Apple has hired Burberry CEO Angela Ahrendts to runs its retail division, which means she’ll be leading both its online and physical retail stores. Though some may question the wisdom of hiring someone from the fashion industry, Ahrendts has been very successful in making the once iconic Burberry brand into something the younger generation wants.
Before joining Burberry in 2006, the company was trading at £4.30, or $6.87 a share – but this has by 268 percent during Ahrendts’ tenure, and the company’s stock is now trading at £15.85, or $25.32 a share.
Ahrendts’ official title at Apple will be senior vice president of retail and online stores, a position than has been vacant since 2012 when John Browett was fired for his move to reduce costs by limiting new hires and store hours in Apple’s retail outlets. Apple prides itself on the great customer service it provides, and many believe that Browett’s plan hindered that. The move was seen as a huge mistake which resulted in the company backtracking and sticking to its old ways. Since then, Apple CEO Tim Cook has been in search for someone who will be able to run both its online and retail stores.
“I have wanted one person to lead both of these teams for some time because I believe it will better serve our customers, but I had never met anyone whom I felt confident could lead both until I met Angela,” Cook wrote.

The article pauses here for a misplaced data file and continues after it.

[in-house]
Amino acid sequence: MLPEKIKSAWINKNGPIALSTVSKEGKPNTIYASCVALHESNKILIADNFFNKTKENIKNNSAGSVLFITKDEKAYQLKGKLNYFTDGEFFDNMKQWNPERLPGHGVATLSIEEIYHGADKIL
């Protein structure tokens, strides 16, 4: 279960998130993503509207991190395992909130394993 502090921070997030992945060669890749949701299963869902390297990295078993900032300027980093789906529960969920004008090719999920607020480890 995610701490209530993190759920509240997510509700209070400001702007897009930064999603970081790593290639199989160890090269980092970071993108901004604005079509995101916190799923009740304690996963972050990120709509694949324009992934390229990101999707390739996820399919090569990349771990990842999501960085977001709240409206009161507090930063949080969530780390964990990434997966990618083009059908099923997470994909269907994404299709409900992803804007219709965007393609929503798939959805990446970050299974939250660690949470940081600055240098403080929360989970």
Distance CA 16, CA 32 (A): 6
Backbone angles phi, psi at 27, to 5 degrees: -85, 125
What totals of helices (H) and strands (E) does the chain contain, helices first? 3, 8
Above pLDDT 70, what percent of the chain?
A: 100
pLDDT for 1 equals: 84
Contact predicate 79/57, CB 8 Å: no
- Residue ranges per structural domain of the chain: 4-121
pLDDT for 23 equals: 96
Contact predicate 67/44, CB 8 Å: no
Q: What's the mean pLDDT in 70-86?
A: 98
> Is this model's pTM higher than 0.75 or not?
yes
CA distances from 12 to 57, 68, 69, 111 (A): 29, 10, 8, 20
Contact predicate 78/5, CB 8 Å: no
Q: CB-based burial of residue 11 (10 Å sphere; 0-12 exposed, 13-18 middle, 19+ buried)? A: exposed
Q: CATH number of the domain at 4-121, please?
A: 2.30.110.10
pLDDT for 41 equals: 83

“We met for the first time last January, and I knew in that meeting that I wanted her to join Apple.”
Apple Stores used to help drive product sales but these are now stagnating. This could be because consumers are growing bored of the bland interiors, or perhaps it’s that Apple’s products no longer deliver the same “magical” feeling as they did before.
Another possible reason as to why Ahrendts was considered for the position is because of China. She was able to make Burberry a very popular brand in China, something Apple has yet to achieve.
Ahrendts will also be overseeing the relocation of 23 existing Apple Stores, as well as opening 27 new stores, with more than three-quarters of the new stores outside the US.
This isn’t the first time Apple has looked to the fashion industry for new hires, an indication that it knows it needs some flare to keep consumers interested.
Apple previously hired Paul Deneve, former chief executive of Yves Saint Laurent, to be vice president in charge of special projects; Enrique Atienza, senior vice president at Levi Strauss & Co., to run its U.S. retail operations; and Nike design director Ben Shaffer.
iPhone 5c Proves to be Decidedly Unfashionable
It was previously reported that Apple halved its iPhone 5c production from 300,000 units down to 150,000 units a day. Some suggested that the high price of the iPhone 5c was the reason consumers weren’t interested in the device, while others stated that Apple already has enough stocks on hand, thus the decrease in production.
Whatever the reason, things are looking even worse with the Wall Street Journal now reporting that Apple has notified its Taiwanese assemblers Pegatron Corp., and Hon Hai Precision Industry Co., that it will reducing iPhone 5c orders for the fourth quarter. Pegatron, which is said to be responsible for two thirds of the iPhone 5Cs’ production, was told that orders will be cut by less than 20 percent, while Hon Hai, which assembles the remaining third of the low-cost iPhone production, was told orders would be cut by a third.
Investors are said to be disappointed with the iPhone 5c’s price as they had been urging the company to produce low cost devices to be able to cater to emerging markets – much like rival Samsung does with its array of high, mid, and low-end devices to cater for consumers of every ilk.